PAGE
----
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|Title:||BARRIERS TO ACADEMIC-PRACTICE COLLABORATION IN THE PRECEPTORSHIP OF FINAL YEAR NURSING STUDENTS||Authors:||MANISHA DEV D/O BADUM DEV||Keywords:||academic-practice collaboration
|Issue Date:||25-May-2019||Citation:||MANISHA DEV D/O BADUM DEV (2019-05-25). BARRIERS TO ACADEMIC-PRACTICE COLLABORATION IN THE PRECEPTORSHIP OF FINAL YEAR NURSING STUDENTS. ScholarBank@NUS Repository.||Abstract:||Aim To explore barriers to academic-practice collaboration in the preceptorship of final year nursing students. Background Nurse preceptors and academic educators do not always work collaboratively and this could impede the quality of preceptorship programs. The understanding of barriers to collaboration between nurse preceptors and academic educators is essential to inform strategies to foster academic-practice collaboration and enhance the effectiveness of preceptorship programs. Methods A qualitative descriptive design was utilised to address the aims of the study. Twenty nurse preceptors and academic educators (n=20) were purposively sampled across three hospitals and one university in Singapore. Semi-structured interviews were conducted between 2018 and 2019. Interviews were transcribed verbatim and analysed using thematic analysis. Findings Thematic analysis revealed three themes that emerged from the data: ‘hierarchical communication’, ‘mismatched clinical expectations’, and ‘not knowing each other’s practice.’ In these themes, academic educators and nurse preceptors described the role of bureaucratic structures in communication, the challenges of clinical assessment, and dichotomies in clinical practice. Conclusions The findings suggested that navigating hospital bureaucracies is complex and difficult. Structural empowerment among nurse preceptors is essential in overcoming barriers to academic-practice collaboration. This study supports the need for organisational strategies to promote structural empowerment among nurse preceptors. Educational strategies that focus specifically on enhancing nurse preceptors’ clinical assessment skills and elucidating dichotomies between hospital and faculty practice are required. Future research could consider exploring the perspectives of healthcare leaders to delineate collaborative strategies that prevents bureaucratic conflicts, while promoting structural empowerment among nurse preceptors within organisations.||URI:||https://scholarbank.nus.edu.sg/handle/10635/153783|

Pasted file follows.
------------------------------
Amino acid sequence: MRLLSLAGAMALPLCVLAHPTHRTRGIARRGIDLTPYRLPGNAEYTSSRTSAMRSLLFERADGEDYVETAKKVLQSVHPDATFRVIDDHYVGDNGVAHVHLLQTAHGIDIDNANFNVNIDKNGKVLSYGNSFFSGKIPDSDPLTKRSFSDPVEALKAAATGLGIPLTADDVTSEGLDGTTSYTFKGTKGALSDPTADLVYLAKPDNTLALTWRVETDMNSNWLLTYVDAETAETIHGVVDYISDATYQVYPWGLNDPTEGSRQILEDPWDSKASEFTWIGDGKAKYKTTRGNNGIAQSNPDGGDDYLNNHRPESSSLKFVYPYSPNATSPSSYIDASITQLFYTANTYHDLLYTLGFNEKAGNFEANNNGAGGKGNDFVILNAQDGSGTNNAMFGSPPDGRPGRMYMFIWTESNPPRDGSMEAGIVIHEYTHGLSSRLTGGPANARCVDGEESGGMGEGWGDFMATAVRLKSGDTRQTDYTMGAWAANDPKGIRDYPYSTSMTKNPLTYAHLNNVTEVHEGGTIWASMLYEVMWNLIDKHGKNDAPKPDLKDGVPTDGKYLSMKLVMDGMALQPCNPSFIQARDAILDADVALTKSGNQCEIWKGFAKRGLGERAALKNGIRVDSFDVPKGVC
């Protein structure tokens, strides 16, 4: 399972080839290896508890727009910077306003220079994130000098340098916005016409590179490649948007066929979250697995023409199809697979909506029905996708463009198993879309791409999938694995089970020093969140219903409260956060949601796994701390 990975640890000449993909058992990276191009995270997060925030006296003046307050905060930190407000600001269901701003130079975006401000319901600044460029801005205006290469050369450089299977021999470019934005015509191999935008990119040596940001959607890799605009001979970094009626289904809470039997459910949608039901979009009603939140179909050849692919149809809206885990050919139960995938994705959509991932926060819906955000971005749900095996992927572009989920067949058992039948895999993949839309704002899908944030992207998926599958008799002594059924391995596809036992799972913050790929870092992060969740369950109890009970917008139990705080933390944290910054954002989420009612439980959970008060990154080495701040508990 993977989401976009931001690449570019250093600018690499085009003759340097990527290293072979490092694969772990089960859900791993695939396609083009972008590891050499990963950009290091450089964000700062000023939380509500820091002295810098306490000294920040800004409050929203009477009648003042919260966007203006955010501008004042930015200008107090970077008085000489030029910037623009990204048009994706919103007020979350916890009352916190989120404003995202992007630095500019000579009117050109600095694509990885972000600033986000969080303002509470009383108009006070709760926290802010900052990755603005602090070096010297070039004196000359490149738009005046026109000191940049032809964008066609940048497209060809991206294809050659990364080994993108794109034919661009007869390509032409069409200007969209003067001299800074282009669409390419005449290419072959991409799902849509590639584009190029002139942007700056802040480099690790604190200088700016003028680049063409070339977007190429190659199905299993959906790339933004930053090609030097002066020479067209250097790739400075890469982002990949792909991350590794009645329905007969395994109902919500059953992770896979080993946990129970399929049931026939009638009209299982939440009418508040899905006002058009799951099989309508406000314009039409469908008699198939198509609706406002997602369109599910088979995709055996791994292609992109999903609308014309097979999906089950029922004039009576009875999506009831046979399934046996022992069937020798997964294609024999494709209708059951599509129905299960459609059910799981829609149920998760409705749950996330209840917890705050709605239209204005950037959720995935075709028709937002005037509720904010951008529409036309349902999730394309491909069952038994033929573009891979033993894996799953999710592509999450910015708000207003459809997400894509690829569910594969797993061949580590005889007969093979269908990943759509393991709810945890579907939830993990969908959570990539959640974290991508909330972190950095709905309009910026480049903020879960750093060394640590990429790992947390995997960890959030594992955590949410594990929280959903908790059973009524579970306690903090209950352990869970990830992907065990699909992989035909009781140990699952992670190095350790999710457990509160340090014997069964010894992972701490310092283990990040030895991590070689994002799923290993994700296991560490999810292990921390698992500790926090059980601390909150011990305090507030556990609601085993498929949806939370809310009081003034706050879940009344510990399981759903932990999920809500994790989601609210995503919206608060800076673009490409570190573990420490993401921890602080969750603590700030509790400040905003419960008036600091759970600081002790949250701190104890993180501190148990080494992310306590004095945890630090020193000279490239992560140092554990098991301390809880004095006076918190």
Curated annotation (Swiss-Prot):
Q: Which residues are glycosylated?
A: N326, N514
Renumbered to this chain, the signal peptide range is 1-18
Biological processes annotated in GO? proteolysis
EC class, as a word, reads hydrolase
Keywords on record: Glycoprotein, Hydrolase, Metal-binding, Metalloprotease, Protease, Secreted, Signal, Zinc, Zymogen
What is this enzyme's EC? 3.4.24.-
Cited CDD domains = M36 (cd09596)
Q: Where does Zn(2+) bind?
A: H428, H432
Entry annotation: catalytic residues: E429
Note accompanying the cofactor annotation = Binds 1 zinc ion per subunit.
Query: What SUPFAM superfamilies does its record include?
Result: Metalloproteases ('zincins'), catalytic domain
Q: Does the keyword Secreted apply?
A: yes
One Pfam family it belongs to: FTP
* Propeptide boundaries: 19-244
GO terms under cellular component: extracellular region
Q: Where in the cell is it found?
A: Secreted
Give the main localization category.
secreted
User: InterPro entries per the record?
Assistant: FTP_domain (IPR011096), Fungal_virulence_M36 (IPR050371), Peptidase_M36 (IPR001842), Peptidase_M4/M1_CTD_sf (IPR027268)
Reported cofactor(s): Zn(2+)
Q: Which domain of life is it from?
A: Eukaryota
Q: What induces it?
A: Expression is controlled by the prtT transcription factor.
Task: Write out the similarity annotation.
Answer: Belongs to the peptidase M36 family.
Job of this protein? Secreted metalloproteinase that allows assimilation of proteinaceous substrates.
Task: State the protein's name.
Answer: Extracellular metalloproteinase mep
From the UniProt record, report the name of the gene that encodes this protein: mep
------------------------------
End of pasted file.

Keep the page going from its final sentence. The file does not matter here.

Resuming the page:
|Appears in Collections:||Bachelor's Theses|
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